The Ombrone is a 160 km long river starting near Siena that passes through Grosseto and dumps into the Tyrrhenian. Today we took a 2 hour, 8 kilometer canoe ride down and back up the river. A canoe of 10 (me, the kids, the dad, a Swiss family, two Italian bros) along with our trusty guide, Marco, set sail at 9am. Along the way we slowed down many times to admire the nature surrounding us. The last 8 km of the river are protected within the Parco Naturale della Maremma. Since, it is a nature reserve, no motor boats are allowed and fishing is only permitted on Saturday and Sunday with a permit. All the peace and quiet made for a comfortable environment for little creatures, we were able to see plenty of birds, some jumping fish and even a glimpse of a wild boar.
Marco was a great guide and he was almost fluent in English, so he was able to communicate some fun facts regarding the surrounding area.
1. Since 2012, the percent of pollution in the river has gone down over 90%. That's a big deal. The name of the river, Ombrone comes from the Italian word ombre, meading shadow. So even though it's a super clean river, it will always be green because of the muddy shadows.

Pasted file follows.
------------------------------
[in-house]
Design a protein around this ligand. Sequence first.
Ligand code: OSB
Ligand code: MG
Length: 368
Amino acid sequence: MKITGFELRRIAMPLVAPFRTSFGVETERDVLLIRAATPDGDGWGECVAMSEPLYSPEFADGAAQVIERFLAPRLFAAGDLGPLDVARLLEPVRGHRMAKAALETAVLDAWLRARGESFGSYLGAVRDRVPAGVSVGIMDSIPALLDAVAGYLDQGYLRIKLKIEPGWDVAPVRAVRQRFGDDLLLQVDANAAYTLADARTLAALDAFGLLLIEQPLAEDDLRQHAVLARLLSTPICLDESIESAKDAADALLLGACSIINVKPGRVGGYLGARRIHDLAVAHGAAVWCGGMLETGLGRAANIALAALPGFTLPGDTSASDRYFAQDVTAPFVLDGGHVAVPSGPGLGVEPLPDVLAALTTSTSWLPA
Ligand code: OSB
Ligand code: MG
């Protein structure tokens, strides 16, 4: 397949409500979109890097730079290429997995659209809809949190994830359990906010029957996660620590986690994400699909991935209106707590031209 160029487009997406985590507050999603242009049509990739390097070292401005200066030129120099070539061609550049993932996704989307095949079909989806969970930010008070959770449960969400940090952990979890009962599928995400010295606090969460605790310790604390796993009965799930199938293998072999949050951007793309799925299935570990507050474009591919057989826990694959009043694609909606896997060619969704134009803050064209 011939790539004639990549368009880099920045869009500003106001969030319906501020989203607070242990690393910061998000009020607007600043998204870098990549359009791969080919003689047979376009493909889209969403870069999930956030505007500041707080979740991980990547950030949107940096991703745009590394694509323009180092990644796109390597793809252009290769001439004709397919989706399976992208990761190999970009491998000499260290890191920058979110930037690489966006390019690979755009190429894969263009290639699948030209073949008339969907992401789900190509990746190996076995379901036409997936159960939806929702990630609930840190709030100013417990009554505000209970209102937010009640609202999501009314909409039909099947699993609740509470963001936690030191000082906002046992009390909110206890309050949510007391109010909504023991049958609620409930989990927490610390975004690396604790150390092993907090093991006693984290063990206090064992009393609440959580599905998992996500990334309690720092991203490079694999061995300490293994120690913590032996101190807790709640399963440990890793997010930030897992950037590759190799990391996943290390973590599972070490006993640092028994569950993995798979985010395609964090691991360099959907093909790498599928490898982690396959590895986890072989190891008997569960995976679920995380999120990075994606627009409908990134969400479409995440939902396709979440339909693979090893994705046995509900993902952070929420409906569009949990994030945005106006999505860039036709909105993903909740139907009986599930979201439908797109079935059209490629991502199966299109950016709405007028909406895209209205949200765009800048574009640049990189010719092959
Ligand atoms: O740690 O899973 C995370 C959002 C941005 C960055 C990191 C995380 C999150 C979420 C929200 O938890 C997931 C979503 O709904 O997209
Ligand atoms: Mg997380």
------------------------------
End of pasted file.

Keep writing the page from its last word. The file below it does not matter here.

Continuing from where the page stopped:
2. This past winter, the rain was so bad that the water level rose 4 METERS! That's the highest ever in recorded history. Since the river connects to the sea, the salt water came up further than ever before and in the spring they found jellyfish and other sea creatures along the banks of the river. That is also why there are so many dead trees on the sides. The salt water was so high that it killed the trees and they fell into the river. Since no machinery is allowed in the area, there was no way to clear them out.
3. The place that we stopped at for a little break before we turned back was a 2,000 year old port. Yes. 2,000. Years. Old. In ancient Roman times, the sea came so far in that the port was only 400 meters from the sea. Today it is 5 km. I wish I had a better picture but you can see a little bit of the brick from the dock in the bottom left. I guess 2,000 years of erosion leaves a lot to the imagination.